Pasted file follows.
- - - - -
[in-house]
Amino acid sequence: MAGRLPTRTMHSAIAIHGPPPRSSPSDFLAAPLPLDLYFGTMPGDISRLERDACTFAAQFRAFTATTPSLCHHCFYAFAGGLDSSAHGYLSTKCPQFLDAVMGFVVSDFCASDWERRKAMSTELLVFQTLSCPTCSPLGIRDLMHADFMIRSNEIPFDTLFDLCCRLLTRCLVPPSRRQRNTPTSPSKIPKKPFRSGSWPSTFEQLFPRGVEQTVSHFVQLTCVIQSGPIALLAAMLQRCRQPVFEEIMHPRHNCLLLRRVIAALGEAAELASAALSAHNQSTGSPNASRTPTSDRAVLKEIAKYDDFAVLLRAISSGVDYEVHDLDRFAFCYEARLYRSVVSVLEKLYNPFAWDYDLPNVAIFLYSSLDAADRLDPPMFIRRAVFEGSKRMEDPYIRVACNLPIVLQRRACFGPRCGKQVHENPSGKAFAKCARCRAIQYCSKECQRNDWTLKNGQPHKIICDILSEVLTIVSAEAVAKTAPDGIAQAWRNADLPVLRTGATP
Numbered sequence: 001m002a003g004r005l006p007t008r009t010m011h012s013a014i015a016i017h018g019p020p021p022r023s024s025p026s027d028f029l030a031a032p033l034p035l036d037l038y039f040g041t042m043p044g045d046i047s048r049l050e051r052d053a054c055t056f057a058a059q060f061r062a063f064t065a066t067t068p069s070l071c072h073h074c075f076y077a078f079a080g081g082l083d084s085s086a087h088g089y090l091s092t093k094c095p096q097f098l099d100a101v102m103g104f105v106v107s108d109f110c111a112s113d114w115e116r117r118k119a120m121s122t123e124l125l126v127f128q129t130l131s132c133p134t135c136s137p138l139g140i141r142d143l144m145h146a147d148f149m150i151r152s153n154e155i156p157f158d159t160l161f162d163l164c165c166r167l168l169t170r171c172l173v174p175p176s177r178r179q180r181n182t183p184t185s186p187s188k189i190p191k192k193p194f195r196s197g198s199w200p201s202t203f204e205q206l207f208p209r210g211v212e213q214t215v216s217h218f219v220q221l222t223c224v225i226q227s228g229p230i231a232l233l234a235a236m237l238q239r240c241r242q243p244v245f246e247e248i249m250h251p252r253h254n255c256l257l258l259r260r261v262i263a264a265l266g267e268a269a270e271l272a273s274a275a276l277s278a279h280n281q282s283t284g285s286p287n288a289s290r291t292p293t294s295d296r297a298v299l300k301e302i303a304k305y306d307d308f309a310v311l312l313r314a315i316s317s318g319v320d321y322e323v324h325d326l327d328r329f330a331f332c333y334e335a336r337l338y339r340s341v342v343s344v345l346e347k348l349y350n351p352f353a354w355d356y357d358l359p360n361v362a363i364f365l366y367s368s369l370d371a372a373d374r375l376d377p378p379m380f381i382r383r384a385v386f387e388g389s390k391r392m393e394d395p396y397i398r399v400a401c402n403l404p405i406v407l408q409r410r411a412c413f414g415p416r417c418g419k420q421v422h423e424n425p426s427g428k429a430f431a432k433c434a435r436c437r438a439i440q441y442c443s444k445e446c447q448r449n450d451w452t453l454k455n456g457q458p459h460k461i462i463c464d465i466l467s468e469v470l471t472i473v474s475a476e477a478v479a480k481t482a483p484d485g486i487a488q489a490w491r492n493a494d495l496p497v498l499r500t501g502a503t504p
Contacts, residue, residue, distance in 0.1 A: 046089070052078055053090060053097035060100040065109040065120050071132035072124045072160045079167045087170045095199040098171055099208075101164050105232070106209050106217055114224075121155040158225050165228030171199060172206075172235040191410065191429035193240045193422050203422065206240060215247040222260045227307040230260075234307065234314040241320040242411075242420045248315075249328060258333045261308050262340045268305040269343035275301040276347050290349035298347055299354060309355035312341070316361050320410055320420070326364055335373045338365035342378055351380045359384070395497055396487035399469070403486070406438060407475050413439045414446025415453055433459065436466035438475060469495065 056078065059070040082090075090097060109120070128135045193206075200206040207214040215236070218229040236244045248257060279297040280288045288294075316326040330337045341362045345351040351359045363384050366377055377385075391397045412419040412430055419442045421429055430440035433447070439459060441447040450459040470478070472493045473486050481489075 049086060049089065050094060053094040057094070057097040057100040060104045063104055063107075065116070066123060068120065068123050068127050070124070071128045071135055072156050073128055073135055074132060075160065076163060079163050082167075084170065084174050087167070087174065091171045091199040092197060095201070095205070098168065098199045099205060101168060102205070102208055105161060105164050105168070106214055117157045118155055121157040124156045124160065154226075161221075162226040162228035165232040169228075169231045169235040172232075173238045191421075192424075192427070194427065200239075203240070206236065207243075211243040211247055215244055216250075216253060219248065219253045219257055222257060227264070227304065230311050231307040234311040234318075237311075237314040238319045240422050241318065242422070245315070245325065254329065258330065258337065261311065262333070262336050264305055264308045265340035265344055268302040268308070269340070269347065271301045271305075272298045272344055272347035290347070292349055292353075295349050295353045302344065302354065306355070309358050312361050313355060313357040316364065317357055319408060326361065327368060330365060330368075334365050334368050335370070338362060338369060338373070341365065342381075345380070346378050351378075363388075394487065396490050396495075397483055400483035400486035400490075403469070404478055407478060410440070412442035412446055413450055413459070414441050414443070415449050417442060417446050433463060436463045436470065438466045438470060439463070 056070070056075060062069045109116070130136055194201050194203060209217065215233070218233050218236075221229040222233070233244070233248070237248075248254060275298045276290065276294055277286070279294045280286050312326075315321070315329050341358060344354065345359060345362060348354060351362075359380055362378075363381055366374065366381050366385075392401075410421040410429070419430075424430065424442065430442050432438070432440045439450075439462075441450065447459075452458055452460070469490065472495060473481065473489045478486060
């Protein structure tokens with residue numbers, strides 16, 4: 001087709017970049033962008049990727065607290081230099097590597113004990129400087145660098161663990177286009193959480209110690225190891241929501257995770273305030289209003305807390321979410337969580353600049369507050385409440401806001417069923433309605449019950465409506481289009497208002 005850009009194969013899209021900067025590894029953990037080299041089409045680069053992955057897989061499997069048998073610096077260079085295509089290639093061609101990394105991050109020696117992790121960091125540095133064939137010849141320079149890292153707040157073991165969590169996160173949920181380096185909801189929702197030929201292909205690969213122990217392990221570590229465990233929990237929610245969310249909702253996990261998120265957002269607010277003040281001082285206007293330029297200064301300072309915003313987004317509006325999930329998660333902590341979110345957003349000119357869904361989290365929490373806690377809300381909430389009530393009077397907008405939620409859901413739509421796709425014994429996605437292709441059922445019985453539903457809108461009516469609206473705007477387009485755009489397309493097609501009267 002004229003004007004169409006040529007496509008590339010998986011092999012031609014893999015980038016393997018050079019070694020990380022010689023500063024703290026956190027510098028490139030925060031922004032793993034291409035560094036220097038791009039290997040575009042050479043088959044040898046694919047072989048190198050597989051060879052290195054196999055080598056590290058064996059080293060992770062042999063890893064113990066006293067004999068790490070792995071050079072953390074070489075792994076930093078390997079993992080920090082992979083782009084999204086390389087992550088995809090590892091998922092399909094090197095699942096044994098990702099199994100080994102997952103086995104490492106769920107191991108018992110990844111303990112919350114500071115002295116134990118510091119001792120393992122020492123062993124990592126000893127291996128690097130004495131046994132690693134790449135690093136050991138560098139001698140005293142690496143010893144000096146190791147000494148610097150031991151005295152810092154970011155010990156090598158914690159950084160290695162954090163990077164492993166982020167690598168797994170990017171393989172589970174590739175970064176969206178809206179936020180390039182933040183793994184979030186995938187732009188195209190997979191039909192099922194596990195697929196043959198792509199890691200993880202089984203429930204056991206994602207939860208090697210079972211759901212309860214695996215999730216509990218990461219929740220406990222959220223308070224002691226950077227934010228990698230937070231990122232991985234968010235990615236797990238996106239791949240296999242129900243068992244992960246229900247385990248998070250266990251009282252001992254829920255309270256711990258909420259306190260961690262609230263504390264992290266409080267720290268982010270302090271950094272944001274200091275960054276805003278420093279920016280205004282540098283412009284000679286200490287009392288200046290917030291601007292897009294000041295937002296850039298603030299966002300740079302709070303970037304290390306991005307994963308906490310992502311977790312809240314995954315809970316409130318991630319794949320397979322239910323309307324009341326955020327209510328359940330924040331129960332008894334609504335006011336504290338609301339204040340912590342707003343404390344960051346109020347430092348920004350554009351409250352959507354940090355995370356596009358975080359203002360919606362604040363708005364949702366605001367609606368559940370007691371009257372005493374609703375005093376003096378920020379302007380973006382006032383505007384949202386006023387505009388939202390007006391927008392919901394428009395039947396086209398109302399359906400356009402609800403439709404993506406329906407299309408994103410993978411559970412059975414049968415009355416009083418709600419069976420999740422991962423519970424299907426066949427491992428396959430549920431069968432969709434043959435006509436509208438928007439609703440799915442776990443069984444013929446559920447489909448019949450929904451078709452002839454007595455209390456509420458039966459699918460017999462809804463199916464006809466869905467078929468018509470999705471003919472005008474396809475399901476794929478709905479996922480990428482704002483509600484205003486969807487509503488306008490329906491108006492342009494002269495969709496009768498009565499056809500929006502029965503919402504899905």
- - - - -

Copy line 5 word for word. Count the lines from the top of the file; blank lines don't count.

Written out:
């Protein structure tokens with residue numbers, strides 16, 4: 001087709017970049033962008049990727065607290081230099097590597113004990129400087145660098161663990177286009193959480209110690225190891241929501257995770273305030289209003305807390321979410337969580353600049369507050385409440401806001417069923433309605449019950465409506481289009497208002 005850009009194969013899209021900067025590894029953990037080299041089409045680069053992955057897989061499997069048998073610096077260079085295509089290639093061609101990394105991050109020696117992790121960091125540095133064939137010849141320079149890292153707040157073991165969590169996160173949920181380096185909801189929702197030929201292909205690969213122990217392990221570590229465990233929990237929610245969310249909702253996990261998120265957002269607010277003040281001082285206007293330029297200064301300072309915003313987004317509006325999930329998660333902590341979110345957003349000119357869904361989290365929490373806690377809300381909430389009530393009077397907008405939620409859901413739509421796709425014994429996605437292709441059922445019985453539903457809108461009516469609206473705007477387009485755009489397309493097609501009267 002004229003004007004169409006040529007496509008590339010998986011092999012031609014893999015980038016393997018050079019070694020990380022010689023500063024703290026956190027510098028490139030925060031922004032793993034291409035560094036220097038791009039290997040575009042050479043088959044040898046694919047072989048190198050597989051060879052290195054196999055080598056590290058064996059080293060992770062042999063890893064113990066006293067004999068790490070792995071050079072953390074070489075792994076930093078390997079993992080920090082992979083782009084999204086390389087992550088995809090590892091998922092399909094090197095699942096044994098990702099199994100080994102997952103086995104490492106769920107191991108018992110990844111303990112919350114500071115002295116134990118510091119001792120393992122020492123062993124990592126000893127291996128690097130004495131046994132690693134790449135690093136050991138560098139001698140005293142690496143010893144000096146190791147000494148610097150031991151005295152810092154970011155010990156090598158914690159950084160290695162954090163990077164492993166982020167690598168797994170990017171393989172589970174590739175970064176969206178809206179936020180390039182933040183793994184979030186995938187732009188195209190997979191039909192099922194596990195697929196043959198792509199890691200993880202089984203429930204056991206994602207939860208090697210079972211759901212309860214695996215999730216509990218990461219929740220406990222959220223308070224002691226950077227934010228990698230937070231990122232991985234968010235990615236797990238996106239791949240296999242129900243068992244992960246229900247385990248998070250266990251009282252001992254829920255309270256711990258909420259306190260961690262609230263504390264992290266409080267720290268982010270302090271950094272944001274200091275960054276805003278420093279920016280205004282540098283412009284000679286200490287009392288200046290917030291601007292897009294000041295937002296850039298603030299966002300740079302709070303970037304290390306991005307994963308906490310992502311977790312809240314995954315809970316409130318991630319794949320397979322239910323309307324009341326955020327209510328359940330924040331129960332008894334609504335006011336504290338609301339204040340912590342707003343404390344960051346109020347430092348920004350554009351409250352959507354940090355995370356596009358975080359203002360919606362604040363708005364949702366605001367609606368559940370007691371009257372005493374609703375005093376003096378920020379302007380973006382006032383505007384949202386006023387505009388939202390007006391927008392919901394428009395039947396086209398109302399359906400356009402609800403439709404993506406329906407299309408994103410993978411559970412059975414049968415009355416009083418709600419069976420999740422991962423519970424299907426066949427491992428396959430549920431069968432969709434043959435006509436509208438928007439609703440799915442776990443069984444013929446559920447489909448019949450929904451078709452002839454007595455209390456509420458039966459699918460017999462809804463199916464006809466869905467078929468018509470999705471003919472005008474396809475399901476794929478709905479996922480990428482704002483509600484205003486969807487509503488306008490329906491108006492342009494002269495969709496009768498009565499056809500929006502029965503919402504899905």